Sonnet 60 by William Shakespeare
Professor C. Soldan
Poetry is “the art of rhythmical composition, written or spoken, for exciting pleasure by beautiful, imaginative, or elevated thoughts”. This paper will focus on poet William Shakespeare (1564-1616) who was famous in the Renaissance Period prior to the year 1750. Shakespeare was found to have 154 written sonnets, which dealt with themes such as the time, love, beauty and mortality. However, a personal favourite of Shakespeare’s sonnets is sonnet 60, a sonnet that falls under the theme of passing time and addresses the “fair youth” whom is spoke to or about in a large percentage of Shakespearean sonnets. This sonnet will be critically analyzed and poetic genre will be analyzed.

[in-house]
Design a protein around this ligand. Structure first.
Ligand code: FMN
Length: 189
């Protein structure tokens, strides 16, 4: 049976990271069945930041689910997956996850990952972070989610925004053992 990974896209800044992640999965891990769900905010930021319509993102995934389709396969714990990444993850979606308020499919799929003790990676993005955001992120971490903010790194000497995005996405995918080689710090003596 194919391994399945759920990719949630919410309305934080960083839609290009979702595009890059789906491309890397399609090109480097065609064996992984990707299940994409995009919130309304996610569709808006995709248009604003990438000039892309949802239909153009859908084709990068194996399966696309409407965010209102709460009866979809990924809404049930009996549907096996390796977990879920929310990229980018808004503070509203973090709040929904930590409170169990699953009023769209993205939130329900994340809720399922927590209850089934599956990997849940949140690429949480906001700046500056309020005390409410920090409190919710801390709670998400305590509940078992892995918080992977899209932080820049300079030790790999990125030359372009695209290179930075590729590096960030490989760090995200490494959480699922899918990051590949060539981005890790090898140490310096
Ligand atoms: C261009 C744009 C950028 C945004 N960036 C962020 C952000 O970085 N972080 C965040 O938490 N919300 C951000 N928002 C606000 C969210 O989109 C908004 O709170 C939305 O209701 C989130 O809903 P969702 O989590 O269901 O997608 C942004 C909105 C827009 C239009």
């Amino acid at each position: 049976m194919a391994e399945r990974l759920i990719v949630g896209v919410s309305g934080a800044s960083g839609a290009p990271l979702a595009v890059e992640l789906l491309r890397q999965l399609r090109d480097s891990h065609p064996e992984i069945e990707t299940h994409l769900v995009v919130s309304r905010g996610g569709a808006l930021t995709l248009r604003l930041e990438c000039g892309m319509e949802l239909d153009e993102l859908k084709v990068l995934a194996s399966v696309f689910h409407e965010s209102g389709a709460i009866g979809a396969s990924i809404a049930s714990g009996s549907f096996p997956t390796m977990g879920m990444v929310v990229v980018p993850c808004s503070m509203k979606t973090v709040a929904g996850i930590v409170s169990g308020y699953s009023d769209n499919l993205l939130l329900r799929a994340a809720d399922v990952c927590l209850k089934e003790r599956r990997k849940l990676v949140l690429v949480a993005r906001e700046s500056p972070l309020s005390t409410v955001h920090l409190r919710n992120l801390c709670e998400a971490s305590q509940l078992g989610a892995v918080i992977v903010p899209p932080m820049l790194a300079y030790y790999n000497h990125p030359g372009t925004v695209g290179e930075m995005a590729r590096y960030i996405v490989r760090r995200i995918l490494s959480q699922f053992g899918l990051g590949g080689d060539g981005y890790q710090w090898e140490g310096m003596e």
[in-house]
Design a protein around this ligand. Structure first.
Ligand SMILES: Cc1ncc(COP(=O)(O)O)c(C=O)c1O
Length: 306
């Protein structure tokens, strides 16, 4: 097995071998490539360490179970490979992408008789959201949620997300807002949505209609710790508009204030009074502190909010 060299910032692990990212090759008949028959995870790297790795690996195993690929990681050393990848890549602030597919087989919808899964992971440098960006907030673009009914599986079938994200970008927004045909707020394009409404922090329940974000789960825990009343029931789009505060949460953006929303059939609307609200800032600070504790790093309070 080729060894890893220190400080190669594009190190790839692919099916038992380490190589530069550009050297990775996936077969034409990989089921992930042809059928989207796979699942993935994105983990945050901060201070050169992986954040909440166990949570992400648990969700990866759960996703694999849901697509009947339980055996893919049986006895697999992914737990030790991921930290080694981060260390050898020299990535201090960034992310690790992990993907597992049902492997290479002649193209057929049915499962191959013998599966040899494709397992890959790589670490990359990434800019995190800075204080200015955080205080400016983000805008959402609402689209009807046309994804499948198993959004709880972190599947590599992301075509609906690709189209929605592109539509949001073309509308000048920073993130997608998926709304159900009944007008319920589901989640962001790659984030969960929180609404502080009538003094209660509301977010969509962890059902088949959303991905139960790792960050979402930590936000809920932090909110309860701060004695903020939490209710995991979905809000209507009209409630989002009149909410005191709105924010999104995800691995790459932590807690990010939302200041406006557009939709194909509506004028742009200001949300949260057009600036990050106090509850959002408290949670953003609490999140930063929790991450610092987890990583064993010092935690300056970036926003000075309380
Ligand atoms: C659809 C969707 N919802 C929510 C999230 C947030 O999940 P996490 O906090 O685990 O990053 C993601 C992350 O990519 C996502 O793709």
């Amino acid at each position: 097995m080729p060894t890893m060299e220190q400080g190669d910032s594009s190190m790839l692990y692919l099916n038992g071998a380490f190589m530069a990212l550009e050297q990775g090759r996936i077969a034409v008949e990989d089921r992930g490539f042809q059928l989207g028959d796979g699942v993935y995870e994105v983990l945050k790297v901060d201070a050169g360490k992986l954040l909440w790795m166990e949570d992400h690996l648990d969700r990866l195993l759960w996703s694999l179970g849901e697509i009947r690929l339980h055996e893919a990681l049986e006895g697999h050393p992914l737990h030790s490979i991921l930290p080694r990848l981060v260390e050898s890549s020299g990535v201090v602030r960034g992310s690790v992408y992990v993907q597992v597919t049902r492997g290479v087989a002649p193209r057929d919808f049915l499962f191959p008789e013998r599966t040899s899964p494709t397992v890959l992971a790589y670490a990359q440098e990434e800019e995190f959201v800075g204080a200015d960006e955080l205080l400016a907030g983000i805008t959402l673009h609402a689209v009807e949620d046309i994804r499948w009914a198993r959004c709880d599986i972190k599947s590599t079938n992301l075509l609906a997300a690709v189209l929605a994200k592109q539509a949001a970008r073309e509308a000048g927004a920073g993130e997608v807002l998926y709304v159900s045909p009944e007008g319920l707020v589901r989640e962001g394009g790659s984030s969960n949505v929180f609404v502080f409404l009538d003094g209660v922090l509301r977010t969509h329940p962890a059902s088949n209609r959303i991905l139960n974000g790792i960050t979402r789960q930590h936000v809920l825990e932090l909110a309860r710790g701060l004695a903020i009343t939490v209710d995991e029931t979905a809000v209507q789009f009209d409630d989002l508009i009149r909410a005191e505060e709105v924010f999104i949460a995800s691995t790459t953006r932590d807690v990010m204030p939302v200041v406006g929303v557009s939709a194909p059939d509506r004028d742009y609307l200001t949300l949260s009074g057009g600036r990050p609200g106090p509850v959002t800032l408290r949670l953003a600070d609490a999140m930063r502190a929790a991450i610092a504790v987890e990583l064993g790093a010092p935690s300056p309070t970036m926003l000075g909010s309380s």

Part One - Explication
The first quatrain of Sonnet 60 begins by using imagery to compare one’s life to the waves of the ocean, and how these waves crash against the “pebbled shore” which is similar to the way that the minutes of our lives quicken as we age. Shakespeare continues by using the pebbles along the shore to resemble the hardships that people will face throughout a lifetime. To end the first quatrain, he explains that the waves of the ocean will always continue to crash in the same way that troubling events in one’s life will continue to occur, the movement of the waves or actions of the human do not change as time passes.
The second quatrain is used to describe how an individual’s childhood begins, from the stage of being born until they begin to crawl and develop, in the same way that a sun starts as being bright and the main source of light but gradually becomes dimmer and shadows arise. Shakespeare is comparing the passing of time in one’s life to the way that the sun moves, as it rises to light the world and is then dimmed by the night. It is believed that he is trying to explain it in the sense that we are fighting to keep our youth as is the sun trying to keep...